Tiananmen Mother Calls on Chinas Parliament to Re-Assess Massacre


2005.03.02
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Feb. 28, 2005. A paramilitary guard signals a journalist to stop taking photos as he questions visitors to Beijing's Tiananmen Square ahead of the annual parliament. Photo: AFP/Peter Parks

HONG KONG—As Beijing gears up for the annual session of China's National People's Congress (NPC), relatives of those killed during the 1989 crackdown on the Tiananmen pro-democracy movement have appealed once more to the country's leaders to re-assess the official verdict.

The outspoken leader of the Tiananmen Mothers, Ding Zilin, was under tight surveillance ahead of the NPC session, which begins March 5 in the Chinese capital. Calls made by an RFA reporter to her Beijing home were interrupted with loud interference after a few seconds.

Ding and around 100 other Tiananmen-related families have sent an open letter to the NPC, calling for a re-assessment of the official verdict of "counterrevolutionary rebellion" on the 1989 pro-democracy movement, and a rehabilitation of disgraced former Communist Party chief Zhao Ziyang, who died in January.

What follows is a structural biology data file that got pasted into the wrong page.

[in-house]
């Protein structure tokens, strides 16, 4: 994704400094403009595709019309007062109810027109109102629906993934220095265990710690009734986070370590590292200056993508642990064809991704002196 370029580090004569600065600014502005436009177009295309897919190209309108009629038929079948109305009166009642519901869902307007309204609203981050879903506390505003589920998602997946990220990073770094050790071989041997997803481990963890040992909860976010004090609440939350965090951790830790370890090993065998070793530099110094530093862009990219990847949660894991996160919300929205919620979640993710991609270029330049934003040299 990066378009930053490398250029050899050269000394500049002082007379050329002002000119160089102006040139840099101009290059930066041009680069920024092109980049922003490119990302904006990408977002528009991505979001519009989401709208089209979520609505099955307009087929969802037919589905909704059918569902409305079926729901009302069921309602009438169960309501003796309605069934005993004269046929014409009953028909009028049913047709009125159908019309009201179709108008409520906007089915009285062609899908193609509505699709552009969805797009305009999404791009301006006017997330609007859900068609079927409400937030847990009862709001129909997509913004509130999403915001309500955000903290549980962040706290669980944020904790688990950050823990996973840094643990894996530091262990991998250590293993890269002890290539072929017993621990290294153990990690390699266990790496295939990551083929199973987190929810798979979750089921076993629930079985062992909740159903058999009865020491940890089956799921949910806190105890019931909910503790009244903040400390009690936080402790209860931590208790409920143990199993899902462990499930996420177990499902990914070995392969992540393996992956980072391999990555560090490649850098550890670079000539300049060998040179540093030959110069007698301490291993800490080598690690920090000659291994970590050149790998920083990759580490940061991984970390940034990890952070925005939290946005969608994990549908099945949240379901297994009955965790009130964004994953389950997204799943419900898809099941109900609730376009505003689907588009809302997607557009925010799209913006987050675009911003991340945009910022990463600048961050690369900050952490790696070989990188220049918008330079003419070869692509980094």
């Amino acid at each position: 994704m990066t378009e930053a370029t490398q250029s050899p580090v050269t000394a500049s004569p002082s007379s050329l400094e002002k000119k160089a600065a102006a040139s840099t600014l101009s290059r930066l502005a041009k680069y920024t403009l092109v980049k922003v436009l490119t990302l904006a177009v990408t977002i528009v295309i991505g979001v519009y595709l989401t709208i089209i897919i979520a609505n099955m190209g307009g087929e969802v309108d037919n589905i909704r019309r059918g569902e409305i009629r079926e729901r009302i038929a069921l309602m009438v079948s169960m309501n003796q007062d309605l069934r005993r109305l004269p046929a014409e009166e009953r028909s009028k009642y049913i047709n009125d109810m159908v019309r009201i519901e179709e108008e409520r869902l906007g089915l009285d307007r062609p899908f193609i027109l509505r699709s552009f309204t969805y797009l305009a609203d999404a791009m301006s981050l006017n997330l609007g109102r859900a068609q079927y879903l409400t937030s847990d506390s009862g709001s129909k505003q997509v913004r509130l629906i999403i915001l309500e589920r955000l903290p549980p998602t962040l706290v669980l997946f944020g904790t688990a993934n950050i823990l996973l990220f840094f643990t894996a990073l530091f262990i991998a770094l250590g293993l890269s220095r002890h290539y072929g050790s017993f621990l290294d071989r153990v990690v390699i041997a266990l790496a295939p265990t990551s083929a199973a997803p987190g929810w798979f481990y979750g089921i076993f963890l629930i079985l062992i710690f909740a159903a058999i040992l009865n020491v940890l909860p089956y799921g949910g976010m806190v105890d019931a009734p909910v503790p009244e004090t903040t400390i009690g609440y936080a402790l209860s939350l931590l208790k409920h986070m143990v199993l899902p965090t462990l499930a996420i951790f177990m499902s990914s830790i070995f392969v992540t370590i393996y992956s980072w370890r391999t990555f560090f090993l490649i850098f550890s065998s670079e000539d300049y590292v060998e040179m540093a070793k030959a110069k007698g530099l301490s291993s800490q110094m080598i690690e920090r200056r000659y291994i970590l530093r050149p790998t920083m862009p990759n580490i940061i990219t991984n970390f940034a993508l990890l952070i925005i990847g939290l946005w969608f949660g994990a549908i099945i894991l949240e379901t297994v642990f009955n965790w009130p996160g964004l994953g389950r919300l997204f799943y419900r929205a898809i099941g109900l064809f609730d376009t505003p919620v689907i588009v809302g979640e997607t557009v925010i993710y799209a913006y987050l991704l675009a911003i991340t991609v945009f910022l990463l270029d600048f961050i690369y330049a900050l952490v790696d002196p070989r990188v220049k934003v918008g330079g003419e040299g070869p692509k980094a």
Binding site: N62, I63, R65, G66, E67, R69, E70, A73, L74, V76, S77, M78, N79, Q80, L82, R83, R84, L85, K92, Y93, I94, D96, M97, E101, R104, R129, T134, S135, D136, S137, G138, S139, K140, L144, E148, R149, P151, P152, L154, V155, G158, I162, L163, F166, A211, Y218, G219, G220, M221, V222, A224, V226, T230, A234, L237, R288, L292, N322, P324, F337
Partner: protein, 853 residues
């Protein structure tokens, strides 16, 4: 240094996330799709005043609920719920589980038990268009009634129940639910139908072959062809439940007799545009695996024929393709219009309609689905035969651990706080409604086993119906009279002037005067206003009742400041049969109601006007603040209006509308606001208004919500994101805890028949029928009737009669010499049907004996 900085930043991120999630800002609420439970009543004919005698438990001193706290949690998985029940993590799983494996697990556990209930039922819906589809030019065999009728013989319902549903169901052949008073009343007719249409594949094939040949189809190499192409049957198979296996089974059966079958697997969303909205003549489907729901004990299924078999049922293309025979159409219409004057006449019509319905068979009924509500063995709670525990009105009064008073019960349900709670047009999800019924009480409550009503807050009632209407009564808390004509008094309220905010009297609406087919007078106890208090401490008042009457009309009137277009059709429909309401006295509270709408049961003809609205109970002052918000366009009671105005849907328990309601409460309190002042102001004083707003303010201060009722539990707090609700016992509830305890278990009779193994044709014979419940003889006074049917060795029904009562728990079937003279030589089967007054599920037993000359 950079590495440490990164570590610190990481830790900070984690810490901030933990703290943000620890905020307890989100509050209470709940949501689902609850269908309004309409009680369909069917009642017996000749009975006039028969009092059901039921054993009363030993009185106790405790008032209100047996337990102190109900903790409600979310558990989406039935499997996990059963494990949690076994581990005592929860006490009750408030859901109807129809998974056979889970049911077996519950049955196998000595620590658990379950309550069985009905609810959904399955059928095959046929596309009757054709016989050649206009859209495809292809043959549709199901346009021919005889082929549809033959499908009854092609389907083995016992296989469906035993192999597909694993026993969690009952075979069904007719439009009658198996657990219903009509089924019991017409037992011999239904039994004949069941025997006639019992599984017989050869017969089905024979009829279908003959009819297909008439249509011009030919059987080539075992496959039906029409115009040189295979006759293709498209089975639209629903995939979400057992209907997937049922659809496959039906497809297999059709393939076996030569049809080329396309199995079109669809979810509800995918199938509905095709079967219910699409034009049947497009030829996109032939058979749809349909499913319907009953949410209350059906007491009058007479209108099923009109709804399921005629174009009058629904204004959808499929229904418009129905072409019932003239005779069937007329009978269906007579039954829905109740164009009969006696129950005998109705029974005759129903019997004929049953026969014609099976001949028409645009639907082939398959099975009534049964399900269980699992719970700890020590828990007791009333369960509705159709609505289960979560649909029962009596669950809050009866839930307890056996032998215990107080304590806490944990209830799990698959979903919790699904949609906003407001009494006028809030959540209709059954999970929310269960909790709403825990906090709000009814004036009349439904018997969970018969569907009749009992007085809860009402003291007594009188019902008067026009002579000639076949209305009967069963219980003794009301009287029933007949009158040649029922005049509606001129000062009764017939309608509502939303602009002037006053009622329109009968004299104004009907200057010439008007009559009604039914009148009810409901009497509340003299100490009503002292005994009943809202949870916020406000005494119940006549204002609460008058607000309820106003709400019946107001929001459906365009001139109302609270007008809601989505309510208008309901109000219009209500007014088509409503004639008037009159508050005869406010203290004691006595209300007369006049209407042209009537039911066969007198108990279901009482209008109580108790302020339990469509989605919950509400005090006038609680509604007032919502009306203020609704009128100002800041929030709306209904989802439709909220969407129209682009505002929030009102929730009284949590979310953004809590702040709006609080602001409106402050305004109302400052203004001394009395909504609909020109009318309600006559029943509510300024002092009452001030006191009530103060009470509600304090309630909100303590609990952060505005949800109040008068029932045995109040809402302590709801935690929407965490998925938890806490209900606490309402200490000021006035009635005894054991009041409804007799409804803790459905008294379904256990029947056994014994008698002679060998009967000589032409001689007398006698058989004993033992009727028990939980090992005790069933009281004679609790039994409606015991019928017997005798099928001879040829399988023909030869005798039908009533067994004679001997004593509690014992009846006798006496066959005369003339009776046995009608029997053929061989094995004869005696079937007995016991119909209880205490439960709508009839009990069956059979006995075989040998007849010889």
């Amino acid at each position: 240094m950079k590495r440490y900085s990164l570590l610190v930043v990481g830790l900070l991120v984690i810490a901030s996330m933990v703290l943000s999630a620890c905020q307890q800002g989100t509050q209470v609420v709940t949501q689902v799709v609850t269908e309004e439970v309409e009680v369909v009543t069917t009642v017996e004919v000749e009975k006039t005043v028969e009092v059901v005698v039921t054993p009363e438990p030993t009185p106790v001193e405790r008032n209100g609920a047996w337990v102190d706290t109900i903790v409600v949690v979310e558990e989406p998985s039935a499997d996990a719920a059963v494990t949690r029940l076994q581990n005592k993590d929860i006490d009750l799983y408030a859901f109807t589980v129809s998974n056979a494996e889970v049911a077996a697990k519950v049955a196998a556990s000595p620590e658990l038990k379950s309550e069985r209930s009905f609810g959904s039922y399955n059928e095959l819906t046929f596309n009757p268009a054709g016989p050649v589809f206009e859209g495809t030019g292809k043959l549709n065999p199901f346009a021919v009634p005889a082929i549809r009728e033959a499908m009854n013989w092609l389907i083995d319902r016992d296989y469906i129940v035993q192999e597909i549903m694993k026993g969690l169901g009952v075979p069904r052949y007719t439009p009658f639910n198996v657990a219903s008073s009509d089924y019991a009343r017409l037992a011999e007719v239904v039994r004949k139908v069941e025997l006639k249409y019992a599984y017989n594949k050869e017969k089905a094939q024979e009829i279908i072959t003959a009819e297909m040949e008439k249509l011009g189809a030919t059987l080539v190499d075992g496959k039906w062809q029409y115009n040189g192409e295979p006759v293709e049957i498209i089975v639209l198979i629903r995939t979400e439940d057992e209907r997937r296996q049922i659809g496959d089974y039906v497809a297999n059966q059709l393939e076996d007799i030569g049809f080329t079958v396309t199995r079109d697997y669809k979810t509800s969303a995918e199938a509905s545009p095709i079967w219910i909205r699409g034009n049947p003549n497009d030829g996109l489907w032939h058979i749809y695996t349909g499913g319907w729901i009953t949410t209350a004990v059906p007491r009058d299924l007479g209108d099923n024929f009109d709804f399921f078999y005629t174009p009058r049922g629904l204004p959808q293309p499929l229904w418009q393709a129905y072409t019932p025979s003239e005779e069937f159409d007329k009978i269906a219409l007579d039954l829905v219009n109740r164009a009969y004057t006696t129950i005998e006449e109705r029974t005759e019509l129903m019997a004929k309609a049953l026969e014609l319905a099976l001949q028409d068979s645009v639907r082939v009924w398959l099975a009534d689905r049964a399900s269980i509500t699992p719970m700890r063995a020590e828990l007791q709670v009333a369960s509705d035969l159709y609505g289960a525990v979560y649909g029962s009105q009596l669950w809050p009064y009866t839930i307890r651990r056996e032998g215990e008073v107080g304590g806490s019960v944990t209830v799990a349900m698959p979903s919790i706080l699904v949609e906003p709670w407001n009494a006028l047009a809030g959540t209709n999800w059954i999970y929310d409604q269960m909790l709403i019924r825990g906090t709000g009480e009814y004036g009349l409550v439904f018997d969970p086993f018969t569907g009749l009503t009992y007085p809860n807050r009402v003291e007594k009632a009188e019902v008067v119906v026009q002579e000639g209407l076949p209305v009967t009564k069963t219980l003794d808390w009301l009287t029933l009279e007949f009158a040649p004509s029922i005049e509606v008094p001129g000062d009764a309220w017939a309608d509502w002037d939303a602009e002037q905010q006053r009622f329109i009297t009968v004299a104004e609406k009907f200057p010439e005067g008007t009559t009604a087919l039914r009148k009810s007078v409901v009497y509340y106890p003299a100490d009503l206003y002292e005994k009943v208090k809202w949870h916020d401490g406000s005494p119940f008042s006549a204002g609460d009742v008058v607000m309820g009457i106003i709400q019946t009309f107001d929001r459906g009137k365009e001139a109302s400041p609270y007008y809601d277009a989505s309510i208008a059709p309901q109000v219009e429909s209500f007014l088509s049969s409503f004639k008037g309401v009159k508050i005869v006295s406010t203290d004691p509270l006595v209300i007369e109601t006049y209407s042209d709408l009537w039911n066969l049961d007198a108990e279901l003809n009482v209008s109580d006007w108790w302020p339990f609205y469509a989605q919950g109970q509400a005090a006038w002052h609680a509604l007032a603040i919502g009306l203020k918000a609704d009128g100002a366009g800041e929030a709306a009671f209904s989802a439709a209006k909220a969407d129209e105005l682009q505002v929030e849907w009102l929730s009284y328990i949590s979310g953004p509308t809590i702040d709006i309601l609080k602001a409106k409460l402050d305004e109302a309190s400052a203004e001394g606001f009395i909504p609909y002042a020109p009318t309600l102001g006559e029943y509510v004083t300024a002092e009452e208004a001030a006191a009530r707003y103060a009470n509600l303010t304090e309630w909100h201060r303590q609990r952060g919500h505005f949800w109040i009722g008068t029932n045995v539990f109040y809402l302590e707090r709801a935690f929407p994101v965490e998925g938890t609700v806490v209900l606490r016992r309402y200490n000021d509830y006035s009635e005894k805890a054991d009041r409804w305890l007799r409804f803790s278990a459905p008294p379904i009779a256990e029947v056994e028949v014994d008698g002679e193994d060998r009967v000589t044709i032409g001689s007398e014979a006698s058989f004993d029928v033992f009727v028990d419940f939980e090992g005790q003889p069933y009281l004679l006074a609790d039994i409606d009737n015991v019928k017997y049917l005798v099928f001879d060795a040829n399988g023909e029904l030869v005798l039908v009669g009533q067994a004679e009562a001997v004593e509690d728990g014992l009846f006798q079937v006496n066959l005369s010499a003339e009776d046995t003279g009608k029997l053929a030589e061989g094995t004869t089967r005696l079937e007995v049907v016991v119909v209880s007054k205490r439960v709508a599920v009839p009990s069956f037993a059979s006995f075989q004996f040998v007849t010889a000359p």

Official probe sought

"The June 4th Incident remains a blot on China’s history," said the letter, which was released by a New York-based human-rights group.

It called for a new official investigation into the events of June 1989, legal redress and compensation for the victims and their families, and inquiries by the state prosecutor to establish official accountability for June 4, Human Rights in China (HRIC) said in a statement on its Web site.

"The Communist Party ought to understand where we're coming from," Tiananmen relative Zhang Xielin told RFA's Mandarin service.

"We recognize the National People's Congress. We are using the existing system to communicate with them in a legal way. If they don't answer us, then I can only say it puts them in the wrong. They have no respect for the law," she said.

Ti Zhiyong, who lost a leg when People's Liberation Army troops fired on unarmed crowds in the streets around Tiananmen Square, told RFA: "It's been 16 years since 1989 now, and each year the burden is heavier than the last."

"Every year we have tried to make our wishes and requests clear to the government in a peaceful, reasonable and legal way. And every year we try in vain," he said.

The open letter said political reforms had regressed seriously since the fourth generation leadership under Hu Jintao and Wen Jiabao took office, and that human rights and freedom of expression had also been severely curtailed.

"This was most recently exemplified by repressive measures the authorities took against Ding Zilin and others who sought to commemorate former Party Secretary Zhao Ziyang following his death on Jan. 17," the letter said.

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